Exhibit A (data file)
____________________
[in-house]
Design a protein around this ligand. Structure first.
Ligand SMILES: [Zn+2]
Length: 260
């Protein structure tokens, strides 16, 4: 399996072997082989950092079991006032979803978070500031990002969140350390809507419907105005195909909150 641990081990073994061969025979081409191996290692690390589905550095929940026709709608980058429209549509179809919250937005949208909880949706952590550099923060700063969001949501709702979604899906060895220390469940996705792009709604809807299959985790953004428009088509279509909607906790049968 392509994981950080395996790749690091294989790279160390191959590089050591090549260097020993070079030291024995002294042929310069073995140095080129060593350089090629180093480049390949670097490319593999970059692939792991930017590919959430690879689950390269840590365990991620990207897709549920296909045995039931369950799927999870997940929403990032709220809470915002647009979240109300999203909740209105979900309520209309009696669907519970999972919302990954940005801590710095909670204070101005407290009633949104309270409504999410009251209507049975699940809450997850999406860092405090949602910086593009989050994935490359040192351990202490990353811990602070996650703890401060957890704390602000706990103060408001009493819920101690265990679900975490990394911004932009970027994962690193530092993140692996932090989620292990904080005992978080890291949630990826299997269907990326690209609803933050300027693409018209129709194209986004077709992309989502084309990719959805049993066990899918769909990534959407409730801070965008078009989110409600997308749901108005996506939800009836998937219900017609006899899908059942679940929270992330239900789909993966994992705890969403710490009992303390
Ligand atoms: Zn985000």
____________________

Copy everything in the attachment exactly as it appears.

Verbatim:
[in-house]
Design a protein around this ligand. Structure first.
Ligand SMILES: [Zn+2]
Length: 260
């Protein structure tokens, strides 16, 4: 399996072997082989950092079991006032979803978070500031990002969140350390809507419907105005195909909150 641990081990073994061969025979081409191996290692690390589905550095929940026709709608980058429209549509179809919250937005949208909880949706952590550099923060700063969001949501709702979604899906060895220390469940996705792009709604809807299959985790953004428009088509279509909607906790049968 392509994981950080395996790749690091294989790279160390191959590089050591090549260097020993070079030291024995002294042929310069073995140095080129060593350089090629180093480049390949670097490319593999970059692939792991930017590919959430690879689950390269840590365990991620990207897709549920296909045995039931369950799927999870997940929403990032709220809470915002647009979240109300999203909740209105979900309520209309009696669907519970999972919302990954940005801590710095909670204070101005407290009633949104309270409504999410009251209507049975699940809450997850999406860092405090949602910086593009989050994935490359040192351990202490990353811990602070996650703890401060957890704390602000706990103060408001009493819920101690265990679900975490990394911004932009970027994962690193530092993140692996932090989620292990904080005992978080890291949630990826299997269907990326690209609803933050300027693409018209129709194209986004077709992309989502084309990719959805049993066990899918769909990534959407409730801070965008078009989110409600997308749901108005996506939800009836998937219900017609006899899908059942679940929270992330239900789909993966994992705890969403710490009992303390
Ligand atoms: Zn985000």